After the erstwhile Section 377 was replaced by the current law criminalising sex with corpses, it has become a standing joke in the LGBT community that in the Penal Code, gay sex (377A) is now sandwiched between sex with dead bodies (the new Section 377) and sex with animals (Section 377B, "Sexual penetration with a living animal").[3]

Repeal or retention[edit]

Arguments raised[edit]

Advocates of the repeal often cited reasons of civil liberty, human rights, and increasing scientific evidence that homosexuality was inborn [4] and found in nature.[5][citation needed] Opponents of the repeal based their arguments on the conviction that to decriminalise homosexuality would result in a breakdown of the family unit, compromise Singapore's position on procreation, and lead to future undesirable scenarios such as the approval of bestiality and paedophila.[citation needed]

Opponents of the repeal also emphasised the wishes of the putative conservative majority to retain 377A. This was despite there being no formal survey or census done specifically on the topic.[citation needed] In various Singaporean online forums, such as Reach[6] and the AsiaOne Forum[7] strong opinions such as homosexuality being a genetic disease, the existence of a militant gay agenda originating from the West, homosexuality being a product of Western decadence incompatible with Singapore, were repeatedly posted.[citation needed] "Conversion treatments", such as those by NARTH, were also recommended.[citation needed]

Forums organised[edit]

In the lead-up to the overhaul of the Penal Code, forums were organised to discuss the issue of homosexuality in Singapore and the repeal of Section 377A.

A seminar entitled, "Christian Perspectives on Homosexuality and Pastoral Care" was organised by Safehaven, a ministry of the Free Community Church. It was held at the Amara Hotel on 10 May 2007.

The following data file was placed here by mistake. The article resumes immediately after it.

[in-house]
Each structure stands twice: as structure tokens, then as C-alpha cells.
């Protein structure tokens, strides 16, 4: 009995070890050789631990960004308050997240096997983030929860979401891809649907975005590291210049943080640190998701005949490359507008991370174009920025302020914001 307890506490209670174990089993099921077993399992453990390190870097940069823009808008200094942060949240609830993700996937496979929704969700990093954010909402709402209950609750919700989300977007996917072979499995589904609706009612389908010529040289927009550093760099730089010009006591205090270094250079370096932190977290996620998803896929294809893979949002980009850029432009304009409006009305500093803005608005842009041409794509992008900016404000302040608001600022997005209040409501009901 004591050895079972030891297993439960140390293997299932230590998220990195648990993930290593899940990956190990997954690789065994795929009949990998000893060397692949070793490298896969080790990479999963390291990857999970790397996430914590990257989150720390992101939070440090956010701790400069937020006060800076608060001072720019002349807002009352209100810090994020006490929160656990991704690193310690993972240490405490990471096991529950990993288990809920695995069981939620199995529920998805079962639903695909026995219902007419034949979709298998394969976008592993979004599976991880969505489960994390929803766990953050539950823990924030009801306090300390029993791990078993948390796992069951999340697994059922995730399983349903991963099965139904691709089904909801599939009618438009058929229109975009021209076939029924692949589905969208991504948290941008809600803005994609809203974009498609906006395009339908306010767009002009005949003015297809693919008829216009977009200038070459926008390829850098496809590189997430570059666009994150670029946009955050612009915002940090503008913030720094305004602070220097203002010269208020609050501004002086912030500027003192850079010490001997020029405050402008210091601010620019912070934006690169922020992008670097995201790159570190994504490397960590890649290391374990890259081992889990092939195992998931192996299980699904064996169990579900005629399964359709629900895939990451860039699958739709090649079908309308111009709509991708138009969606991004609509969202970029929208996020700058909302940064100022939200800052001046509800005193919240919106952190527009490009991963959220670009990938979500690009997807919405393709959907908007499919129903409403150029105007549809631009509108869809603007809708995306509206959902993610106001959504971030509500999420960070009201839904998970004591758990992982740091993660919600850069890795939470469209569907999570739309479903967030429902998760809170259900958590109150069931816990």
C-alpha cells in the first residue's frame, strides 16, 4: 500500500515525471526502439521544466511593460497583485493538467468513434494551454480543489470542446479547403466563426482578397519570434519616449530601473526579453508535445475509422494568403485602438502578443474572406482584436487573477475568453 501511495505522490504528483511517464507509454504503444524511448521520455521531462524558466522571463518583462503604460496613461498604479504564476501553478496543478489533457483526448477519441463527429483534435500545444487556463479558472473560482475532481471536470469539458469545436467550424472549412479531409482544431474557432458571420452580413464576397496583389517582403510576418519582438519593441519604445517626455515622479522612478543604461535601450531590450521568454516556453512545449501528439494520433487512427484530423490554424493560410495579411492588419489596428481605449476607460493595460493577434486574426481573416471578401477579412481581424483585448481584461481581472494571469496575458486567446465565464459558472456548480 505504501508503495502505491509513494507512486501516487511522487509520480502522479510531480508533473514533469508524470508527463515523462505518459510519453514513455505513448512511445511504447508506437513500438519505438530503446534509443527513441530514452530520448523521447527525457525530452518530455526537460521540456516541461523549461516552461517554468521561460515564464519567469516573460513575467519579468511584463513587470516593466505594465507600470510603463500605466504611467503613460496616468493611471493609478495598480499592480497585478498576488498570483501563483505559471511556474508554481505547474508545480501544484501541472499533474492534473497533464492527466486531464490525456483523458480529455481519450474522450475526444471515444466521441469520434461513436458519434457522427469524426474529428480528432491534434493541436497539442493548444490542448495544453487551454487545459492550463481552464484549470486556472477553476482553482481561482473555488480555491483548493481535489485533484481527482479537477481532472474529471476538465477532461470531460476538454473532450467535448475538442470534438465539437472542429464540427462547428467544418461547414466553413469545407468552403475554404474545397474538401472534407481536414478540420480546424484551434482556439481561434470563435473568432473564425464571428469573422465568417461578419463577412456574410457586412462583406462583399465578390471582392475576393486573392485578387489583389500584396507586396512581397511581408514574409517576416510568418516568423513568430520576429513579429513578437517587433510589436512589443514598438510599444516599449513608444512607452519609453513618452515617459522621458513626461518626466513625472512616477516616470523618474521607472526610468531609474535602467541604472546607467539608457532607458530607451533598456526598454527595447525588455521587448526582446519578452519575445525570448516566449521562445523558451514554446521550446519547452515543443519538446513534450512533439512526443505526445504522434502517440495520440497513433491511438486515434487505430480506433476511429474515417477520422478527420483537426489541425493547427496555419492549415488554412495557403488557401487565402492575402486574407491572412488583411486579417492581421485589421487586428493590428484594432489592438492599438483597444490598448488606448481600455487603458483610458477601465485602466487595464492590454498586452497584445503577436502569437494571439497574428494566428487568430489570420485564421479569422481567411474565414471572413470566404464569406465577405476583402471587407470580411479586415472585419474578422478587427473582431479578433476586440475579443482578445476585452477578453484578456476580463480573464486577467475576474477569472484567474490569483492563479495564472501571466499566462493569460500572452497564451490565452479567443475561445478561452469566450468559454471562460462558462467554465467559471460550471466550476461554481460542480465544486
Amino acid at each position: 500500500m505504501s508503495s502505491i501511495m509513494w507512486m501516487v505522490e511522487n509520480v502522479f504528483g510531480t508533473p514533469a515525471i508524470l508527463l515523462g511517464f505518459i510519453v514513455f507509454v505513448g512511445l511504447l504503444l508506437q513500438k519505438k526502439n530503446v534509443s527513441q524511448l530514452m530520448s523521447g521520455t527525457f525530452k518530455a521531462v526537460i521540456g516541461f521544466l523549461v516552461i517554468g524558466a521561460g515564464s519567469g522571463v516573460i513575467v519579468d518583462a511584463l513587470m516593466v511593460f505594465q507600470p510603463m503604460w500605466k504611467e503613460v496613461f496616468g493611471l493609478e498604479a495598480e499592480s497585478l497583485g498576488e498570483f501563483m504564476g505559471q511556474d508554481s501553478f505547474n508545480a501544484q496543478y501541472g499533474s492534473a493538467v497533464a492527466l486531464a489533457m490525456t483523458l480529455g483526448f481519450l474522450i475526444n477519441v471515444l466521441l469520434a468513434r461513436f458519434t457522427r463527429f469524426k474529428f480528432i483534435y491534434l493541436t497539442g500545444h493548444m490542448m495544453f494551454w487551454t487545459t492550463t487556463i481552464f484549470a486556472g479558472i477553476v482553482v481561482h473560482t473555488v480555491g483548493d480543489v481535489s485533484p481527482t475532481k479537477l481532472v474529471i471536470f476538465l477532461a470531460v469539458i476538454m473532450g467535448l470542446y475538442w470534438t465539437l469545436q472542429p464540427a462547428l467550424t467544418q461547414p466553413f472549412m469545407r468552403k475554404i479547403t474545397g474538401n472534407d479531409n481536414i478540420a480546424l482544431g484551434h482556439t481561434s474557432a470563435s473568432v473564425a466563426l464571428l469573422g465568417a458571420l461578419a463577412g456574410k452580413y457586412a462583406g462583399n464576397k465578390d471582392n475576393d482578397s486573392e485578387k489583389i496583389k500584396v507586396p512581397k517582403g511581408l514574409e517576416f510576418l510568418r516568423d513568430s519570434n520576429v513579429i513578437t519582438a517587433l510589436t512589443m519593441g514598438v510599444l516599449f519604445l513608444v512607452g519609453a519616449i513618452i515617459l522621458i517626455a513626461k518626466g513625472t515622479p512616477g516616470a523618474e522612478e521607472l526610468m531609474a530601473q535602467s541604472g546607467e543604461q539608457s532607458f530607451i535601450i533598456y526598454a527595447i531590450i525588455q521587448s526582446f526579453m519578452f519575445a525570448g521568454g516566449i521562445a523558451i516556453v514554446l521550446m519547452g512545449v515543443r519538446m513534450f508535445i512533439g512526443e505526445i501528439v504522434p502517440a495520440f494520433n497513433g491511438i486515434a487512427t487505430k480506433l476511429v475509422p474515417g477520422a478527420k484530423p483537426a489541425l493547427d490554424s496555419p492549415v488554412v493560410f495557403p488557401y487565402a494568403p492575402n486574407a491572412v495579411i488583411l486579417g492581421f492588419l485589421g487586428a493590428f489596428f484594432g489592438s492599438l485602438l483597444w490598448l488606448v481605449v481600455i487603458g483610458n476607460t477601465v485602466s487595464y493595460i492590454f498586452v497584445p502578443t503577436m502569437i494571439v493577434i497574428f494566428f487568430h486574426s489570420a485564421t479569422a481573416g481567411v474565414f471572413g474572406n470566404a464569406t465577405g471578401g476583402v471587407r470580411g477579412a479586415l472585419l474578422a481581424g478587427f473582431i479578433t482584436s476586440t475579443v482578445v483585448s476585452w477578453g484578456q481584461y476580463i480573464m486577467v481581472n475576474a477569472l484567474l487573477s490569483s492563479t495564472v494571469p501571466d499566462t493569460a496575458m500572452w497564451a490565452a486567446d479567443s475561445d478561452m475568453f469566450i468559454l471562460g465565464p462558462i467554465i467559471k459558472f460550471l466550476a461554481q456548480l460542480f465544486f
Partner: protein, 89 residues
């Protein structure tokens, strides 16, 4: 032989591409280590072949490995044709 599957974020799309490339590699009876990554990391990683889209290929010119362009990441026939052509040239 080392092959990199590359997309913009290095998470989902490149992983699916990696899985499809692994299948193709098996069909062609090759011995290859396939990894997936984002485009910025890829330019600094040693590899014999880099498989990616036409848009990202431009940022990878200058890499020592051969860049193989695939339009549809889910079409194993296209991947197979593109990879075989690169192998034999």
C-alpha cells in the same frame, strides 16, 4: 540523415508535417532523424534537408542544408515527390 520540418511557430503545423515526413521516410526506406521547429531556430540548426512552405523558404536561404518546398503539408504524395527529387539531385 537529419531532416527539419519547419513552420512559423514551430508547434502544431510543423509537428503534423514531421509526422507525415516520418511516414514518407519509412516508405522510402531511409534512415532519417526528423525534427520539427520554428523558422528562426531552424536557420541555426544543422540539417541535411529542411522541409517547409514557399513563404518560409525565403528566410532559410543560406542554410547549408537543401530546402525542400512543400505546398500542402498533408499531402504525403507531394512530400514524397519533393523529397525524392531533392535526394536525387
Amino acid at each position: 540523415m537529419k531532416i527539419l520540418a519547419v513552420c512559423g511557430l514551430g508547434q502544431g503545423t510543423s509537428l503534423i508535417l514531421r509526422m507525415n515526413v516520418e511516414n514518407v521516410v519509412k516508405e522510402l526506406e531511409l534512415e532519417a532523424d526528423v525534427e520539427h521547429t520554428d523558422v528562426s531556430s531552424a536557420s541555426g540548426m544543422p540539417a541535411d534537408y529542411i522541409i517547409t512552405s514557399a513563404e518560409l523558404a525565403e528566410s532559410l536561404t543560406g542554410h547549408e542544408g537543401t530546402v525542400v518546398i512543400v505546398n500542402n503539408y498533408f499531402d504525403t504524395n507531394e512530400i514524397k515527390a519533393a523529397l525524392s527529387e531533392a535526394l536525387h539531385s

During the dialogue, Dr. Tan Kim Huat, the Chen Su Lan Professor of New Testament and Dean of Studies at Trinity Theological College said, "Singapore is a pluralistic society...There must be spaces for it", referring to homosexuals in society. This was the reason he gave for supporting the repeal of Section 377A.[5]

Another forum to discuss the repeal of Section 377A was organised on 15 July 2007 by theatre company W!ld Rice in conjunction with Happy Endings: Asian Boys Vol 3, a gay play then being staged. The forum, held at the National Library, attracted some 250 participants.

For the first time in the history of forums on gay issues in Singapore, a member of parliament from the ruling People's Action Party, Baey Yam Keng, and a Nominated Member of Parliament, Siew Kum Hong, were part of the five-member panel convened to debate the issue. Other members of the panel were Alex Au (gay blogger and co-founder of PLU), Rev. Yap Kim Hao (Free Community Church), and Dr Stuart Koe (CEO & Founder of Fridae.com).

Baey for the first time publicly voiced support for the law to be repealed, saying, "Personally, I think that the whip should be lifted for a very open debate and open expression of opinion by the MPs. And if that is so, I would vote for a repeal of the act."[6]

The Ministry of Home Affairs (MHA) was quoted in The Straits Times of 18 September 2007 saying that public feedback on the issue had been "emotional, divided and strongly expressed", with a majority of people calling for Section 377A to be retained.[7] The MHA also said that it recognised that "we are generally a conservative society and that we should let the situation evolve".

The prospect for the repeal of both Sections 377 and 377A in Singapore captured the attention of gay activists worldwide. In July 2007, on a visit to Singapore, the actor Sir Ian McKellen made an appeal to the authorities to get rid of this remnant of British colonial law, just as his country of origin had done,[8]

England & Wales, the former British colony of Hong Kong, and Australia have since repealed laws prohibiting sex between men in 1967, 1991 and 1997 (in the state of Tasmania, the last Australian state to do so) respectively. India effectively repealed its Section 377, by "reading down" the law in 2009 (see video[dead link][clarification needed]). Elsewhere in East and South-east Asia, apart from Singapore, only Myanmar, Malaysia and Brunei, all former British colonies, and recently Indonesia's Aceh province (applicable only to Muslims), continue to criminalise sex between men.[9]